constitutional violation. Fogarty v. Gallegos, 523
F.3d 1147, 1162 (10th Cir. 2008); Trask, 446 F.3d at
complaint does not state a cognizable claim, as Judge Romero,
Prosecutor Melvin, and Public Defender Baiamonte are not
subject to liability under § 1983. It is well
established that judges are immune from all suits for money
damages for acts made in the exercise of judicial discretion.
See Stump v. Sparkman, 435 U.S. 349, 355-56 (1978);
Guttman v. Khalsa, 446 F.3d 1027, 1033 (10th Cir.
2006). Prosecutors are similarly immune for actions
“taken in connection with the judicial process, ”
including “‘initiating a prosecution and ...
presenting the State's case.” Pfeiffer v.
Hartford Fire Ins. Co., 929 F.2d 1484, 1490 (10th Cir.
1991) (citing Imbler v. Pachtman, 424 U.S. 409, 431
(1976)). Examples of protected actions by the prosecutor
include: (i) evidence-gathering; (ii) the evaluation and
presentation of evidence; (iii) the determination of whether
probable cause exists; and (iv) the determination of what
information to show the court. Nielander v. Board of
County Com'rs., 582 F.3d 1155, 1164 (10th Cir.
2009); Burns v. Reed, 500 U.S. 478, 492 (1991).
Further, public defenders cannot be sued under § 1983
because they do not act under color of state law when
functions as defense counsel in a criminal proceeding.
See Polk County. v. Dodson, 454 U.S. 312, 315
(1981). Plaintiff's claims against each Defendant
Court also notes that even if Defendants could face liability
under § 1983, Plaintiff's claims are still barred
under Heck v. Humphry, 512 U.S. 477, 487 (1994).
Heck held that the district court must dismiss any
§ 1983 claim that, if resolved in plaintiff's favor,
would necessarily imply the invalidity of his conviction or
sentence. Id. at 487. Plaintiff explicitly attacks
the validity of his criminal proceedings by asking the Court
to vacate the conviction. His request to be compensated for
each day of incarceration would also necessarily require the
Court to treat his criminal proceeding as invalid. For these
reasons, the Court concludes Plaintiff's Complaint fails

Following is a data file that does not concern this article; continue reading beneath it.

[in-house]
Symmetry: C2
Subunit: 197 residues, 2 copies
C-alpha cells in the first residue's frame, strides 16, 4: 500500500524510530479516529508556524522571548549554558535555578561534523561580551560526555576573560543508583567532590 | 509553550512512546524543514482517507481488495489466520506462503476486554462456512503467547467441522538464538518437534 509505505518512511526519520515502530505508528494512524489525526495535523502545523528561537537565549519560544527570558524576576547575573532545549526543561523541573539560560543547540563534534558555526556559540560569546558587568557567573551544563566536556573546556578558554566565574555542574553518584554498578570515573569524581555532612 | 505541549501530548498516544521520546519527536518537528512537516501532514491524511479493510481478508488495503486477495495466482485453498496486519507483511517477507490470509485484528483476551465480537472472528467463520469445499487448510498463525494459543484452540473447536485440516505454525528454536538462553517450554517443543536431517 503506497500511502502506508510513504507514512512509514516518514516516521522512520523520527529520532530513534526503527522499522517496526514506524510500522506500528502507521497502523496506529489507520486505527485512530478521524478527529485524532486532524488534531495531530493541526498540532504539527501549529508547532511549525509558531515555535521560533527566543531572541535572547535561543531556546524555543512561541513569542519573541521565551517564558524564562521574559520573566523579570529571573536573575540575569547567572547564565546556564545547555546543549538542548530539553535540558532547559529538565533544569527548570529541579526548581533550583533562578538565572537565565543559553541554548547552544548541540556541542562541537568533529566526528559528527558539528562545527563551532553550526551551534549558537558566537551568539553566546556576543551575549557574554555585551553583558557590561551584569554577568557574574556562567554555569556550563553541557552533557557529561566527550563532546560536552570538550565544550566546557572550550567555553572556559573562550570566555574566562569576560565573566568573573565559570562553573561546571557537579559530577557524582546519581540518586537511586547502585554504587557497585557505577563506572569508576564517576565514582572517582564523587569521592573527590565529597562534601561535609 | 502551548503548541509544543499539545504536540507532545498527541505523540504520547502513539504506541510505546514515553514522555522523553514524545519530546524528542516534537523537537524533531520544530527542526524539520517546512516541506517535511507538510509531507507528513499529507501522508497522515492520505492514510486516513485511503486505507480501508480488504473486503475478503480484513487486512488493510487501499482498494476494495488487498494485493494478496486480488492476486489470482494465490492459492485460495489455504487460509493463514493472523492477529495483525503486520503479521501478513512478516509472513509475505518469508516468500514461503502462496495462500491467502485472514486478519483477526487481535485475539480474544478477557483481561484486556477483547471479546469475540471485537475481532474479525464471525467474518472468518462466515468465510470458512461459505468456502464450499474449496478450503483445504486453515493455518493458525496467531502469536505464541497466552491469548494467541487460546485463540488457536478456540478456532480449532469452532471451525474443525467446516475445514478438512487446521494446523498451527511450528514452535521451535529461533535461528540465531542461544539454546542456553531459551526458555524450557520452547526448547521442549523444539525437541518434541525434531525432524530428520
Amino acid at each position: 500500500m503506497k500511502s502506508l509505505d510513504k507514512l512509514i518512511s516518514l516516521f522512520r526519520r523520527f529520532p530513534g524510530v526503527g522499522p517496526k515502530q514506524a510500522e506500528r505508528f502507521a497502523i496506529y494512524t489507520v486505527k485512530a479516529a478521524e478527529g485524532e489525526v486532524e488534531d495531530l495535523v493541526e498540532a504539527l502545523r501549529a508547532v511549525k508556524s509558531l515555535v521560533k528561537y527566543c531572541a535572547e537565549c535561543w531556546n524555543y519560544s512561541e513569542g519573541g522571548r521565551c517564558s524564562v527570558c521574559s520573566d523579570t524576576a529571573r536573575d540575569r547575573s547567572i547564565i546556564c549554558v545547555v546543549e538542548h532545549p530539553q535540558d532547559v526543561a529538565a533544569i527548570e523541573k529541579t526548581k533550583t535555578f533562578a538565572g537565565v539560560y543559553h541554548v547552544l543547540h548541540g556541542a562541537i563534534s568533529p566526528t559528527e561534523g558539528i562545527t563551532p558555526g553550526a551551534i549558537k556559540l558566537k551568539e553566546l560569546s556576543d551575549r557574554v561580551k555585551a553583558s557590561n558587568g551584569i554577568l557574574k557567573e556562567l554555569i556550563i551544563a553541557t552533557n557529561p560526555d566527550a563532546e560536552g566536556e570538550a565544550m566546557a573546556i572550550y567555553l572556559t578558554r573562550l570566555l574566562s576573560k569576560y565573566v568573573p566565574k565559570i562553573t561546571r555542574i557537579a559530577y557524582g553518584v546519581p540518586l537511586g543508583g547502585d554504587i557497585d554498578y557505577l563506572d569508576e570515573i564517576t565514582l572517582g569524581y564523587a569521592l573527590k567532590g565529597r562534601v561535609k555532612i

to state a claim upon which relief can be granted.
Amendment Would be Futile
deciding whether to dismiss the complaint, the Court
considers whether to allow Plaintiff an opportunity to amend
the pleading. Hall v. Bellmon, 935 F.2d 1106, 1110
(10th Cir. 1991). Pro se plaintiffs should normally
be given a reasonable opportunity to remedy defects in their
pleadings. Id. However, the Court is not required to
grant leave to amend where the factual predicate for the
lawsuit is clear and any amended claims would also be subject
to immediate dismissal under Fed.R.Civ.P. 12(b)(6) or 28
U.S.C. § 1915. Bradley v. Val-Mejias, 379 F.3d
892, 901 (10th Cir. 2004). In this case, amending the
Complaint would be futile because Plaintiff's claims are
all based on non-viable legal theories, and against
Defendants who are immune. The Court will therefore dismiss
the Complaint without granting leave to amend.
The Court Will Impose a 28 U.S.C. § 1915(g)
is proceeding in forma pauperis pursuant to 28
U.S.C. § 1915. The in forma pauperis statutes
provides that incarcerated plaintiffs accrue a
“strike” each time they bring a complaint that
fails to state a claim upon which relief may be granted. 28
U.S.C. § 1915(g); Hafed v. Bureau of Prisons,635 F.3d 1172, 1176-77 (10th Cir. 2011) (holding that
dismissal of an action as frivolous, malicious, or for
failure to state a claim under § 1915(e)(2)(B) counts as
a strike under § 1915(g)). The Court notifies Plaintiff
that this dismissal qualifies as a strike. If he accrues
three strikes, he may ...